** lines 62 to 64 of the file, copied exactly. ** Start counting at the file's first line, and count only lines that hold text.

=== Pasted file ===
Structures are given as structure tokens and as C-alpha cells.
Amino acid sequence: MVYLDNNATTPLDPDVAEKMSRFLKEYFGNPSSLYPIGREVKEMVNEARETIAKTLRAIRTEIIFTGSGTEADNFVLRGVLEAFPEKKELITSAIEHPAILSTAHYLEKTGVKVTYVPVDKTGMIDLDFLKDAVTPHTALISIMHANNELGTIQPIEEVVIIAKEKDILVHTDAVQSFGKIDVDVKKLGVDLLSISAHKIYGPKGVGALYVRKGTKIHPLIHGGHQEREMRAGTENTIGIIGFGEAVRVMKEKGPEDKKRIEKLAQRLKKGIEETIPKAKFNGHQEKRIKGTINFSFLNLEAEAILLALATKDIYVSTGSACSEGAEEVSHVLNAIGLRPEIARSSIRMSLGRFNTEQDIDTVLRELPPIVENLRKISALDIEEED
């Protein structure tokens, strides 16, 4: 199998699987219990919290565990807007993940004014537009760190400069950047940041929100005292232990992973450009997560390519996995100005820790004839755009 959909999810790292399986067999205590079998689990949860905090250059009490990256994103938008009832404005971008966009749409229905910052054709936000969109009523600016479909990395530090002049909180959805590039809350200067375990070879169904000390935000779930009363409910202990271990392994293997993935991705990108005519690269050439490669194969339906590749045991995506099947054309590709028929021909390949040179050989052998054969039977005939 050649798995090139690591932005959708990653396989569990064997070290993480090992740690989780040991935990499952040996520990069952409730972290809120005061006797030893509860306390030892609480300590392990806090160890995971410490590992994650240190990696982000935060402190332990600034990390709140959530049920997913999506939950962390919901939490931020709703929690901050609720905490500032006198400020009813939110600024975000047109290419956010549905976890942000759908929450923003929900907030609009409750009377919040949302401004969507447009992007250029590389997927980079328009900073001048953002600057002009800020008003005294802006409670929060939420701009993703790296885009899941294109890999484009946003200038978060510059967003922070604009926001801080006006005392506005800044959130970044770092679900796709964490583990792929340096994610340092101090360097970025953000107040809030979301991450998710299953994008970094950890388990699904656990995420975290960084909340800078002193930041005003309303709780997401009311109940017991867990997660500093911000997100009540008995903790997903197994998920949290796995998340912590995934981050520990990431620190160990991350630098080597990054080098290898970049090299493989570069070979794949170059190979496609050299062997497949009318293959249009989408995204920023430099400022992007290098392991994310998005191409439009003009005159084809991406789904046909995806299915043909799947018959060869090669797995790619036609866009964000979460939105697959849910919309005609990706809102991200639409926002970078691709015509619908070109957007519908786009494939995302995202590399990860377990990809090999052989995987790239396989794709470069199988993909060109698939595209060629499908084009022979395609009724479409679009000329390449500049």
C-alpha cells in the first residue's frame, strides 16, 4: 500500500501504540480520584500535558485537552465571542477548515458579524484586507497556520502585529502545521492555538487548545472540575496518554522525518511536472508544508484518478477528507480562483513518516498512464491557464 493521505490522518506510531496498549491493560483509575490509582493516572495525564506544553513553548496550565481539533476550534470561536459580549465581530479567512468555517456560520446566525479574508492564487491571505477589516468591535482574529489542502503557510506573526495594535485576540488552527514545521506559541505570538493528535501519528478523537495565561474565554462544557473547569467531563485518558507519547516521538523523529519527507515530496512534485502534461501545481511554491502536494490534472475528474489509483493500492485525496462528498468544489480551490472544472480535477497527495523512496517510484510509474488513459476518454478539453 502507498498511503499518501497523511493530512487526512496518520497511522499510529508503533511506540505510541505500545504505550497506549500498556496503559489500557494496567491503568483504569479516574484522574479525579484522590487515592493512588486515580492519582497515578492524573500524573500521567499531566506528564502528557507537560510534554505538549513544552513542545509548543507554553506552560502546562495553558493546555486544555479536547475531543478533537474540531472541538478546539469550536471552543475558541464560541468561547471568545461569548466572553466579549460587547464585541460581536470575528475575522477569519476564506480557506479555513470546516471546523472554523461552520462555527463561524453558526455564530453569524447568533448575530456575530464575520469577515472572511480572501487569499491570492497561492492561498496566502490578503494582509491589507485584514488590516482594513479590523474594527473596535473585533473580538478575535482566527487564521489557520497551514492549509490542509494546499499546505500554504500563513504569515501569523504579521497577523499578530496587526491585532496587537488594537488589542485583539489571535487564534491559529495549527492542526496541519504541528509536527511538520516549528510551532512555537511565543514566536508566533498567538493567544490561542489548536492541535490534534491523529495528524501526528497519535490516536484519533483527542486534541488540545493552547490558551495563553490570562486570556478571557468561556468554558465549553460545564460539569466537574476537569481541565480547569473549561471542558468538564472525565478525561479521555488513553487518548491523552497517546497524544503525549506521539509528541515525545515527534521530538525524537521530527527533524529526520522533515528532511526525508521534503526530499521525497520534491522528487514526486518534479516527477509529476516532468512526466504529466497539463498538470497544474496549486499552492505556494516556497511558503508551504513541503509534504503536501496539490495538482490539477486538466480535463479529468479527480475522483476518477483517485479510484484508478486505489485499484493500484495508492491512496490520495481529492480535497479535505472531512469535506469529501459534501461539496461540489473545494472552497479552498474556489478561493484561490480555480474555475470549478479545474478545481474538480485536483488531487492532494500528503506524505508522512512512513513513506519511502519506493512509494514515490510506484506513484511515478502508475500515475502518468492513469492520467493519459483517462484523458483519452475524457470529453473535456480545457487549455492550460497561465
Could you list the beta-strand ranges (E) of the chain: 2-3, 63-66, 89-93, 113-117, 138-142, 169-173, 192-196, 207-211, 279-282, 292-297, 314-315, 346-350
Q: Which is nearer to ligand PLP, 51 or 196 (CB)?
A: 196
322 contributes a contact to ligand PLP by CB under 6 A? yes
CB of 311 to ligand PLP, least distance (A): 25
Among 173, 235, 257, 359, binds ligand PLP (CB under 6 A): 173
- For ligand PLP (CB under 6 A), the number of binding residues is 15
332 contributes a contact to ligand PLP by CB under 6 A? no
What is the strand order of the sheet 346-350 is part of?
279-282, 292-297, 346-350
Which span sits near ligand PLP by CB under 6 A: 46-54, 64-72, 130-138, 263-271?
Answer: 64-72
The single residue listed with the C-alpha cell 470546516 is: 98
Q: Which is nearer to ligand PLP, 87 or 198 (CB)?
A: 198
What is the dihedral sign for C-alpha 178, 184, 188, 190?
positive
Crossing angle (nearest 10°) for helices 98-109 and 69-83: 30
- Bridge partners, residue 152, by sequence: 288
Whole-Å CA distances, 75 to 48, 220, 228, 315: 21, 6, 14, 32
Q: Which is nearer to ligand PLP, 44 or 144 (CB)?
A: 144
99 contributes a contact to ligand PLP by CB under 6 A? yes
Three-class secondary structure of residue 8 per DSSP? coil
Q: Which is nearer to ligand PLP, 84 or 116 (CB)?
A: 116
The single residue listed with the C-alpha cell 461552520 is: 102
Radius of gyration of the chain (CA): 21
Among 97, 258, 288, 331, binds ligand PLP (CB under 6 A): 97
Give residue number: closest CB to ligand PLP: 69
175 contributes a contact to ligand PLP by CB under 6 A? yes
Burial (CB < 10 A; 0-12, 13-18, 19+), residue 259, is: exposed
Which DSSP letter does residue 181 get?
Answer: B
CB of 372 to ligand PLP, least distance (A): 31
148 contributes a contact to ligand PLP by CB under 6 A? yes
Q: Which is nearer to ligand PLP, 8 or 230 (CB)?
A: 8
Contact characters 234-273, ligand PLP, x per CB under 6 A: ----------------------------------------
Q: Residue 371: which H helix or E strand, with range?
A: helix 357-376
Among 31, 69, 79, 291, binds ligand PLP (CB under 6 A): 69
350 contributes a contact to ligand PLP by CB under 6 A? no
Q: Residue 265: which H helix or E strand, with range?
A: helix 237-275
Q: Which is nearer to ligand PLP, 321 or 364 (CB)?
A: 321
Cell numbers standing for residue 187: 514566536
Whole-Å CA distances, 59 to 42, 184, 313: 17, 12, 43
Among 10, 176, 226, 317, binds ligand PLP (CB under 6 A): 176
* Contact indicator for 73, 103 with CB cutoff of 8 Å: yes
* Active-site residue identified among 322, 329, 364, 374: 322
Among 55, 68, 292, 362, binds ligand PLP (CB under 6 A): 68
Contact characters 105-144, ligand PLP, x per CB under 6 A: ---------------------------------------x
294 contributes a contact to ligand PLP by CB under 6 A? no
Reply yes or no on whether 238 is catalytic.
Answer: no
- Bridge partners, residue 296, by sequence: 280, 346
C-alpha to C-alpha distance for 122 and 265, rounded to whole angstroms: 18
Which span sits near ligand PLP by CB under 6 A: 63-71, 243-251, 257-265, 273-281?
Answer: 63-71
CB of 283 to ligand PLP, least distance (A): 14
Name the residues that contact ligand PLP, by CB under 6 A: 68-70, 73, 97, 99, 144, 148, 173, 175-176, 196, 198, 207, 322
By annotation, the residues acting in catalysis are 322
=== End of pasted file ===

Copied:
- Bridge partners, residue 296, by sequence: 280, 346
C-alpha to C-alpha distance for 122 and 265, rounded to whole angstroms: 18
Which span sits near ligand PLP by CB under 6 A: 63-71, 243-251, 257-265, 273-281?